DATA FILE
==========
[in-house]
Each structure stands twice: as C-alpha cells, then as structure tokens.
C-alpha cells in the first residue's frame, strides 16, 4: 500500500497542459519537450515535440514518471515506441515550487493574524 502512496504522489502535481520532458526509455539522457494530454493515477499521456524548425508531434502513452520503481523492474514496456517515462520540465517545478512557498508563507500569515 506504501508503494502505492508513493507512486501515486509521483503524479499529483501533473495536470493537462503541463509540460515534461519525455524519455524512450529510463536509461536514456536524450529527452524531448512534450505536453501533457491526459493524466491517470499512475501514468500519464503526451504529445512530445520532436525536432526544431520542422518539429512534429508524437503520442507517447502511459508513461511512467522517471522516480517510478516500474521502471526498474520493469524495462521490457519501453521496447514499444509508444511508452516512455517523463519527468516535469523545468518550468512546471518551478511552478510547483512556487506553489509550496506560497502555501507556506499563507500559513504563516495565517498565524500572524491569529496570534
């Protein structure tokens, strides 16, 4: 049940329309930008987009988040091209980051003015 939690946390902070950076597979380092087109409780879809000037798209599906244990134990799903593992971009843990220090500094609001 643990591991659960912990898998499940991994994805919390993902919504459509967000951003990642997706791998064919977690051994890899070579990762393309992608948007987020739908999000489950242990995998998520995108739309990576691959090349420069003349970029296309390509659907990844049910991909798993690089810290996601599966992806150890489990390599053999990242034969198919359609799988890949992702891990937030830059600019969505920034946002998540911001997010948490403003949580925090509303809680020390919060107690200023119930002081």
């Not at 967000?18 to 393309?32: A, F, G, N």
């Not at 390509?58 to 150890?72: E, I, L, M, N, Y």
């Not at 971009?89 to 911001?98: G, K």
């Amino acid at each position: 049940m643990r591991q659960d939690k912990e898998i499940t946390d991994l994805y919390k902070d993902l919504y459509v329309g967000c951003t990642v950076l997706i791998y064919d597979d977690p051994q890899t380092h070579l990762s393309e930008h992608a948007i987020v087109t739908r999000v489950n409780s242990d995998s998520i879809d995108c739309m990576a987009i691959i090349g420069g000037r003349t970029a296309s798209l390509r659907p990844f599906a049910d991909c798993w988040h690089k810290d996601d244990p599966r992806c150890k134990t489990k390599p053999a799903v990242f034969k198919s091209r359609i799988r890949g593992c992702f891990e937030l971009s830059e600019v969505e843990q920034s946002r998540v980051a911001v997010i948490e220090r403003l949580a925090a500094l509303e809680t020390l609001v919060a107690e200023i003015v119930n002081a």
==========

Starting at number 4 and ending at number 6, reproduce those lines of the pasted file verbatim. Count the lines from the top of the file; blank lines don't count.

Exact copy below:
């Protein structure tokens, strides 16, 4: 049940329309930008987009988040091209980051003015 939690946390902070950076597979380092087109409780879809000037798209599906244990134990799903593992971009843990220090500094609001 643990591991659960912990898998499940991994994805919390993902919504459509967000951003990642997706791998064919977690051994890899070579990762393309992608948007987020739908999000489950242990995998998520995108739309990576691959090349420069003349970029296309390509659907990844049910991909798993690089810290996601599966992806150890489990390599053999990242034969198919359609799988890949992702891990937030830059600019969505920034946002998540911001997010948490403003949580925090509303809680020390919060107690200023119930002081």
């Not at 967000?18 to 393309?32: A, F, G, N």
């Not at 390509?58 to 150890?72: E, I, L, M, N, Y």